TuesdayJuly 2, 2011
All my folks were special. They were all so unique and they had so much to offer. I loved hearing about what their day to day lives were like 50 years ago when they were my age. My biggest and most worthy education came from my older male black patients. They would tell me what it was like to be in a war as a black soldier. Let me tell you, they sure didn’t teach us that in school. That still gives me shivers thinking about it.
I really loved my old folks. They were wonderful.
I had one guy, H. He was cool, 92 years old and not a thing wrong with him. No HPT, nothing. Just old. One day (I believe it was on a Friday) he called for me. He NEVER called for anyone. He just wanted to be left alone. When I heard H wanted to talk to me I knew it was important and I went to see him right away. He wanted to tell me he would become ill the following Tuesday, go to the hospital and die that day.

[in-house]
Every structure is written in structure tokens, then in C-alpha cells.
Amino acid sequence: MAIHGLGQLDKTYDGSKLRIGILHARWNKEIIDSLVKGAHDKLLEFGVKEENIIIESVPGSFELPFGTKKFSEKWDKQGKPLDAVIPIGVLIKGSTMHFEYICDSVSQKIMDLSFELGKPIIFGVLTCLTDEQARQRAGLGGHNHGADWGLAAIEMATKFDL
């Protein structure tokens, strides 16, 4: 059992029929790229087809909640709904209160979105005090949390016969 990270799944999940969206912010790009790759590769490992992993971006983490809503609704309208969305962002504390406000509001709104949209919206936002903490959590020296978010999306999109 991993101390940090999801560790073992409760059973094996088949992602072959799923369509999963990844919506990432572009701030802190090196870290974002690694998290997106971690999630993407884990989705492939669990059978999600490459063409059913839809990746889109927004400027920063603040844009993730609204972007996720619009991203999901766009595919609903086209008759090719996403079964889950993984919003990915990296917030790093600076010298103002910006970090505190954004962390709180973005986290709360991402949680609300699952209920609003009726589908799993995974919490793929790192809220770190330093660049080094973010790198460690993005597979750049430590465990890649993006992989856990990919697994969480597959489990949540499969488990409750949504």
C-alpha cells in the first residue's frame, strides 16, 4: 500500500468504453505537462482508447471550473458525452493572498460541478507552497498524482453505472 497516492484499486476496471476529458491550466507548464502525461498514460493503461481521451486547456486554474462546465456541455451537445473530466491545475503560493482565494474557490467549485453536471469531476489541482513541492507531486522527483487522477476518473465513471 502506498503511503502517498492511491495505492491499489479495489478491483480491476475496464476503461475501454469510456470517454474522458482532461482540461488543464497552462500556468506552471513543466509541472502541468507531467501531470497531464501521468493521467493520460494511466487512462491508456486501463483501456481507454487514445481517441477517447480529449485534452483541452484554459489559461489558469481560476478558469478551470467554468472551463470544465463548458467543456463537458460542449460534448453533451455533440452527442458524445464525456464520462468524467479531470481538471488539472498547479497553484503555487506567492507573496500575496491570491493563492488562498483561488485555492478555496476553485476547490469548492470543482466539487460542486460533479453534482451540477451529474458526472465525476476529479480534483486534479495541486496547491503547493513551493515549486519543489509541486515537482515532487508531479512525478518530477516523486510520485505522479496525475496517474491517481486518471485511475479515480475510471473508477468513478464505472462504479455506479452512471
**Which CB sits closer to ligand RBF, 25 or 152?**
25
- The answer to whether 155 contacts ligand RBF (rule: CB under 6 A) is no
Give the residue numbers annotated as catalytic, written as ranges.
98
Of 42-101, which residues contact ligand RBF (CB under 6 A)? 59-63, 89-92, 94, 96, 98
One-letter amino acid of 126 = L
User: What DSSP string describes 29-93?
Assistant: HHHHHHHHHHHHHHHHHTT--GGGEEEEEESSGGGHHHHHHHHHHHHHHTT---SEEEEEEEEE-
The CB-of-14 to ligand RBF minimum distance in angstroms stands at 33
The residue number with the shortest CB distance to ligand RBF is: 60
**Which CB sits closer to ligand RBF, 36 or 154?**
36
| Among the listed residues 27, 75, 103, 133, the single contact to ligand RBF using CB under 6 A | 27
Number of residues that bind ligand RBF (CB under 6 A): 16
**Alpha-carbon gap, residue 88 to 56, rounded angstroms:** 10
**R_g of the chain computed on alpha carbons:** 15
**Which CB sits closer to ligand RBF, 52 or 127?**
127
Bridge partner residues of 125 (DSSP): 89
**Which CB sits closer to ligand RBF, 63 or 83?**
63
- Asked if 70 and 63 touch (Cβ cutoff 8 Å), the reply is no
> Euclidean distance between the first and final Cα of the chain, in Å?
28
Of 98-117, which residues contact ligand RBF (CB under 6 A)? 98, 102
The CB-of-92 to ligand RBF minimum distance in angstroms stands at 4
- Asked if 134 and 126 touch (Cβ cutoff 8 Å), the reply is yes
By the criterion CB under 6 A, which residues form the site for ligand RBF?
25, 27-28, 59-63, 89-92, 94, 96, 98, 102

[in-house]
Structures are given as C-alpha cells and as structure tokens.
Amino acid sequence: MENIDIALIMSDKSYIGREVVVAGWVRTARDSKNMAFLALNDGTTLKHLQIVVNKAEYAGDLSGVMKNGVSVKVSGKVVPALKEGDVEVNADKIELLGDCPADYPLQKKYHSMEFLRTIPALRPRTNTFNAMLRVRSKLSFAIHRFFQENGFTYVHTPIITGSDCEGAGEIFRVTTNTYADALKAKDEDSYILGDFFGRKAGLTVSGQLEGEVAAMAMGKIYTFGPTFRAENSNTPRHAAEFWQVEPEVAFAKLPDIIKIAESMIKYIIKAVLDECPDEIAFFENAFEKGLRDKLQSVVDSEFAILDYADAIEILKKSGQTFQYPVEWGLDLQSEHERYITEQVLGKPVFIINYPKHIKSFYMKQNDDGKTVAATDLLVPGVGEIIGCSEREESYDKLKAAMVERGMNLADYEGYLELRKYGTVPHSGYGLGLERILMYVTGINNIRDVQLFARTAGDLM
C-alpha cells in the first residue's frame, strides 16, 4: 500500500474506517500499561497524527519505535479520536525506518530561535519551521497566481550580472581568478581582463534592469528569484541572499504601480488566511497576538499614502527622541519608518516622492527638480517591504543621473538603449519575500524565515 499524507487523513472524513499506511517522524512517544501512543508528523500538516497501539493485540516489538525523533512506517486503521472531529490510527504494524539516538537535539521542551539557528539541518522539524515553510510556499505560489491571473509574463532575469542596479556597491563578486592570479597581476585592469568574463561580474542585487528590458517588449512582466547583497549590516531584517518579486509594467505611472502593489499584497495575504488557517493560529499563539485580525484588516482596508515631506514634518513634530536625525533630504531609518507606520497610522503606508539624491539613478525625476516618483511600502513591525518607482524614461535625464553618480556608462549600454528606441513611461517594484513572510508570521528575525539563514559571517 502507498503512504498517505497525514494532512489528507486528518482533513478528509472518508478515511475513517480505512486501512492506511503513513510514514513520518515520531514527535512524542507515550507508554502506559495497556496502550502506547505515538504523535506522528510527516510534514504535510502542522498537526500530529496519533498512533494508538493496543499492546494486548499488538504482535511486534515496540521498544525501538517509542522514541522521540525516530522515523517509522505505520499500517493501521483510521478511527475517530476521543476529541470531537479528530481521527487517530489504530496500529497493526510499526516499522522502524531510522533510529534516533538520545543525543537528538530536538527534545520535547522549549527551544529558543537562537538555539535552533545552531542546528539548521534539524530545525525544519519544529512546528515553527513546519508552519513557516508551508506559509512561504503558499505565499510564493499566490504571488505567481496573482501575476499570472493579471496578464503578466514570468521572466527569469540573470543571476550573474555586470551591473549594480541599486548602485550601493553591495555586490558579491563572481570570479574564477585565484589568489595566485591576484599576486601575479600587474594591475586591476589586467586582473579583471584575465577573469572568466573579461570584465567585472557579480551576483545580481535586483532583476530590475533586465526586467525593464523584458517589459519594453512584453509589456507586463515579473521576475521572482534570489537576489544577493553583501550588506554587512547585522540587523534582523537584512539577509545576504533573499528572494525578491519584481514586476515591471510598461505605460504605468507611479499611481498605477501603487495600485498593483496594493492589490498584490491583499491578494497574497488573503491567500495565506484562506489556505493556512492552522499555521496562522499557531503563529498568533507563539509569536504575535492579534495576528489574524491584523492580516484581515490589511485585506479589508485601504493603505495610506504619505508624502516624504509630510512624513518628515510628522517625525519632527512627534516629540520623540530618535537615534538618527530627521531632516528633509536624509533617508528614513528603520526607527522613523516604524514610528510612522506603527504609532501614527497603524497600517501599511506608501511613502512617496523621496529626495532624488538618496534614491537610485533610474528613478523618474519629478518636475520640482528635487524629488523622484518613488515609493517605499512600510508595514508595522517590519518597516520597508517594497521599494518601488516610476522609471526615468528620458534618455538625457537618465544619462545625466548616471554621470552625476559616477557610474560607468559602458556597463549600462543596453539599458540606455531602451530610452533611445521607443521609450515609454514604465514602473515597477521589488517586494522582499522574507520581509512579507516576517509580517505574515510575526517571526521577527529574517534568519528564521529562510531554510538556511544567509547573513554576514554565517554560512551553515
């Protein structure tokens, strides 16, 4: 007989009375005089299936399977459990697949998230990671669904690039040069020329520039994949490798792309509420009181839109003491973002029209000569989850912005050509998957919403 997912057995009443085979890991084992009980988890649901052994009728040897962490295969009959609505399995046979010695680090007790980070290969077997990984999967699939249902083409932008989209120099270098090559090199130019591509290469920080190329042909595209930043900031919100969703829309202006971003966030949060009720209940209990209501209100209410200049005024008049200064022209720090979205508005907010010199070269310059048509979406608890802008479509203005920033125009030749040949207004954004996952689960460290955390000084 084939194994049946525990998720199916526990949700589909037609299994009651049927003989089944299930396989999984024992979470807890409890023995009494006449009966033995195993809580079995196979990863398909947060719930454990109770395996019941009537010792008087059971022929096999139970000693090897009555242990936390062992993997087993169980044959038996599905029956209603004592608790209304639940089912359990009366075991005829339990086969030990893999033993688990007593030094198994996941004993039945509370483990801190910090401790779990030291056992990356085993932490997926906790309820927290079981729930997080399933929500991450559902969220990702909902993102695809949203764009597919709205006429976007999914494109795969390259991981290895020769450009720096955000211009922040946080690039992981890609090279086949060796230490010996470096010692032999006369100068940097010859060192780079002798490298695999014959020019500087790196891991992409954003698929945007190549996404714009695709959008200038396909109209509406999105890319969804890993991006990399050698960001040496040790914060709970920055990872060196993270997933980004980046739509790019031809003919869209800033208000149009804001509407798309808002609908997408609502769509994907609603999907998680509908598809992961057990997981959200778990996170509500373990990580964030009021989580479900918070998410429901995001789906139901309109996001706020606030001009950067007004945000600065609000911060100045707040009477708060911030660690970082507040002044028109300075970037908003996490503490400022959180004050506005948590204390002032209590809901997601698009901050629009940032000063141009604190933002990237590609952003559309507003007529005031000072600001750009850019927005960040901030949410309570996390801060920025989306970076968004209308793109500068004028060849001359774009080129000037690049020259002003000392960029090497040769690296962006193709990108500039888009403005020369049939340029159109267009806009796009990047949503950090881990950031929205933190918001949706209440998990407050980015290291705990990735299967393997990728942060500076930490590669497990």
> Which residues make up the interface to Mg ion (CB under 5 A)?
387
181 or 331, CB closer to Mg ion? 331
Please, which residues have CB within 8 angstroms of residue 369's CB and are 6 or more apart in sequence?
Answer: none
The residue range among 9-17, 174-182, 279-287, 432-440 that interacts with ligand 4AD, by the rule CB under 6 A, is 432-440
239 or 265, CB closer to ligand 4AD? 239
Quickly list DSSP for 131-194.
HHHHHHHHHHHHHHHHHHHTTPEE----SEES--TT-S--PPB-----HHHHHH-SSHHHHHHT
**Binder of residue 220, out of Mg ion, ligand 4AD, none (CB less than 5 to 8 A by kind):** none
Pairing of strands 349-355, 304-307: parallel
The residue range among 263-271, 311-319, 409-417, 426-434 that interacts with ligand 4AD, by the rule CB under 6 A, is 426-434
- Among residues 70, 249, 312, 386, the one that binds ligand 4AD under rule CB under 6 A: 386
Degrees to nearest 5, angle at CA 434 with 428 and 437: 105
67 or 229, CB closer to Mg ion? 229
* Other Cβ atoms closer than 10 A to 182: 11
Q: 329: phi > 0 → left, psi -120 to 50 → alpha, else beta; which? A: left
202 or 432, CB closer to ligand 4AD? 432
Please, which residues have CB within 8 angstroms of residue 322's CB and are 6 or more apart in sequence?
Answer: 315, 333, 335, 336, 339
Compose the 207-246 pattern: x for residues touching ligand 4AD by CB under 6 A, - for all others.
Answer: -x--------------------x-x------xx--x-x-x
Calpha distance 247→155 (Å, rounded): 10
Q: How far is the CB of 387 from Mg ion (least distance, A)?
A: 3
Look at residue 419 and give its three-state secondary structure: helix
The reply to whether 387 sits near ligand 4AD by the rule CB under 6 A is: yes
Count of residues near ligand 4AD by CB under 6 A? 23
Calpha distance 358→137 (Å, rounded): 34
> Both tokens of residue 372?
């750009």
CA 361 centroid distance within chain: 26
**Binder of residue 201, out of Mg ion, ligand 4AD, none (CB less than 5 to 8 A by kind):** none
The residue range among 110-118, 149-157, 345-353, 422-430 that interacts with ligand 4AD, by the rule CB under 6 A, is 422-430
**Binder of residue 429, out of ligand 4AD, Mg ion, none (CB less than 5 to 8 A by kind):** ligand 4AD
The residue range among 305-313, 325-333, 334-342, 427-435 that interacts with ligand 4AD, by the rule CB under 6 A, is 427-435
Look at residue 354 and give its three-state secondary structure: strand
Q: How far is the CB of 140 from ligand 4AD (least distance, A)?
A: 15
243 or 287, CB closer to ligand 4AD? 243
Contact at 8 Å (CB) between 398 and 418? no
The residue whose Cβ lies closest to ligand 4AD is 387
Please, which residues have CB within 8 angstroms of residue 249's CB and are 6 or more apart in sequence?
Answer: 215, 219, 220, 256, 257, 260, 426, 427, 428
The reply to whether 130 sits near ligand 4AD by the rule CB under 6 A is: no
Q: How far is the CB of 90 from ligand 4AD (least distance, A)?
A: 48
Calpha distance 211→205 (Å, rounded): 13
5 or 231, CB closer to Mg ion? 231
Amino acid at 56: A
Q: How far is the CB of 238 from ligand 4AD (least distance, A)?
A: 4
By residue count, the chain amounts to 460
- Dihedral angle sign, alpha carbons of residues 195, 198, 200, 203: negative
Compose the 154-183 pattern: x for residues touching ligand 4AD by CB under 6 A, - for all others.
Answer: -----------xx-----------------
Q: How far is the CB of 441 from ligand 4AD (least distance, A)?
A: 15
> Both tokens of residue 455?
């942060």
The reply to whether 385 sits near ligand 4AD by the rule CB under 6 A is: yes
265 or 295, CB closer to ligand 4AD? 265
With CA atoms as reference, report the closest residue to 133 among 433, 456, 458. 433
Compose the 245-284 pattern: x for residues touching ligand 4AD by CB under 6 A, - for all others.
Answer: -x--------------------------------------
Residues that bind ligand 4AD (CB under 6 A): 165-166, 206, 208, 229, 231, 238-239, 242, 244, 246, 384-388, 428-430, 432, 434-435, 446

Nobody ever did that before, that was a first for me (at the time). I told him that wasn’t so! He was fine and he’d be with us forever and to stop talking like that. He insisted I listen to him. Just to avoid getting him upset I sat and listened and agreed to follow his wishes.
I really didn’t think much more of it. Well, not until Tuesday. That morning his roomate came to get me telling me H had fallen. Suddenly it hit me what H had told me and I went running for his room. Sure enough, H was on the floor and he was dead. He never even tried to break his fall. He likely had a stroke and died before he ever hit the ground. He was on the money with the date of his death but the only difference is that he didn’t go to the hospital first. I learned never to question those statements again. If an older person says they are going to die, they likely are.
How do they know that? Does someone tell them? How do they know? Weird.